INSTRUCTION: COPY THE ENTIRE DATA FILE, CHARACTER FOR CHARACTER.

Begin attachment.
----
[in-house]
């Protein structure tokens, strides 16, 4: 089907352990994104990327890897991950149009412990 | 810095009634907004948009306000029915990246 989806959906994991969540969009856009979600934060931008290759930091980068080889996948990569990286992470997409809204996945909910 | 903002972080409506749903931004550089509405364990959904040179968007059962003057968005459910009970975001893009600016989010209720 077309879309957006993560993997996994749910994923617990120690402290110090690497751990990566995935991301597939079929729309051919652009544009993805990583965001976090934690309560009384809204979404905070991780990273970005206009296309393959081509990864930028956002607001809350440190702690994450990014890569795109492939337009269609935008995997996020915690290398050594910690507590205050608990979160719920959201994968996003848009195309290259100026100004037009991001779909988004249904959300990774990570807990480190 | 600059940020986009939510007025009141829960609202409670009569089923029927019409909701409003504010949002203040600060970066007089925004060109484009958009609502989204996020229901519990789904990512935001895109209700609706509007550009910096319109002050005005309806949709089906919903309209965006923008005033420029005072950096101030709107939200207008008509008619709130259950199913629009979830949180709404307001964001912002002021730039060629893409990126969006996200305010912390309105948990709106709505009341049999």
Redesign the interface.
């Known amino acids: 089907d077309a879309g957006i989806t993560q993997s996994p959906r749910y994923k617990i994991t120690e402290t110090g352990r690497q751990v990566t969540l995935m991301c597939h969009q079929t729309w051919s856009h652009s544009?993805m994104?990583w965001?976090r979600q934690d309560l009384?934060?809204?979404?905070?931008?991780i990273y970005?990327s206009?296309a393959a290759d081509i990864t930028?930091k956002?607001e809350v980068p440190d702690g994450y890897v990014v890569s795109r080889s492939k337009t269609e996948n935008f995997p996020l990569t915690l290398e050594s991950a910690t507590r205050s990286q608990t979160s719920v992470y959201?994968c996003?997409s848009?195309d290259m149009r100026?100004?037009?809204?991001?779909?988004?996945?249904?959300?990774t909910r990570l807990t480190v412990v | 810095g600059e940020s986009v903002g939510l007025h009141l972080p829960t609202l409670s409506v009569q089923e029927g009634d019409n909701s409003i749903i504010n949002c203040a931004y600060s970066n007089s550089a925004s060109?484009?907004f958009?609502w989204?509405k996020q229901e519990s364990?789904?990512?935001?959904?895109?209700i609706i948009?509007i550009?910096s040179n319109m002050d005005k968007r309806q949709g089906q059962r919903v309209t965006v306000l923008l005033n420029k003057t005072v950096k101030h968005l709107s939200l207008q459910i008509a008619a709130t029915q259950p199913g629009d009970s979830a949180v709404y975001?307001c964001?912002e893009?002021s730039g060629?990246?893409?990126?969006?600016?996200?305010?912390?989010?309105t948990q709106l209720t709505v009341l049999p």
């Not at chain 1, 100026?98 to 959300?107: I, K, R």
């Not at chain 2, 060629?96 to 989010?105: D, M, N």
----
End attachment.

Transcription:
[in-house]
């Protein structure tokens, strides 16, 4: 089907352990994104990327890897991950149009412990 | 810095009634907004948009306000029915990246 989806959906994991969540969009856009979600934060931008290759930091980068080889996948990569990286992470997409809204996945909910 | 903002972080409506749903931004550089509405364990959904040179968007059962003057968005459910009970975001893009600016989010209720 077309879309957006993560993997996994749910994923617990120690402290110090690497751990990566995935991301597939079929729309051919652009544009993805990583965001976090934690309560009384809204979404905070991780990273970005206009296309393959081509990864930028956002607001809350440190702690994450990014890569795109492939337009269609935008995997996020915690290398050594910690507590205050608990979160719920959201994968996003848009195309290259100026100004037009991001779909988004249904959300990774990570807990480190 | 600059940020986009939510007025009141829960609202409670009569089923029927019409909701409003504010949002203040600060970066007089925004060109484009958009609502989204996020229901519990789904990512935001895109209700609706509007550009910096319109002050005005309806949709089906919903309209965006923008005033420029005072950096101030709107939200207008008509008619709130259950199913629009979830949180709404307001964001912002002021730039060629893409990126969006996200305010912390309105948990709106709505009341049999």
Redesign the interface.
């Known amino acids: 089907d077309a879309g957006i989806t993560q993997s996994p959906r749910y994923k617990i994991t120690e402290t110090g352990r690497q751990v990566t969540l995935m991301c597939h969009q079929t729309w051919s856009h652009s544009?993805m994104?990583w965001?976090r979600q934690d309560l009384?934060?809204?979404?905070?931008?991780i990273y970005?990327s206009?296309a393959a290759d081509i990864t930028?930091k956002?607001e809350v980068p440190d702690g994450y890897v990014v890569s795109r080889s492939k337009t269609e996948n935008f995997p996020l990569t915690l290398e050594s991950a910690t507590r205050s990286q608990t979160s719920v992470y959201?994968c996003?997409s848009?195309d290259m149009r100026?100004?037009?809204?991001?779909?988004?996945?249904?959300?990774t909910r990570l807990t480190v412990v | 810095g600059e940020s986009v903002g939510l007025h009141l972080p829960t609202l409670s409506v009569q089923e029927g009634d019409n909701s409003i749903i504010n949002c203040a931004y600060s970066n007089s550089a925004s060109?484009?907004f958009?609502w989204?509405k996020q229901e519990s364990?789904?990512?935001?959904?895109?209700i609706i948009?509007i550009?910096s040179n319109m002050d005005k968007r309806q949709g089906q059962r919903v309209t965006v306000l923008l005033n420029k003057t005072v950096k101030h968005l709107s939200l207008q459910i008509a008619a709130t029915q259950p199913g629009d009970s979830a949180v709404y975001?307001c964001?912002e893009?002021s730039g060629?990246?893409?990126?969006?600016?996200?305010?912390?989010?309105t948990q709106l209720t709505v009341l049999p």
């Not at chain 1, 100026?98 to 959300?107: I, K, R």
């Not at chain 2, 060629?96 to 989010?105: D, M, N």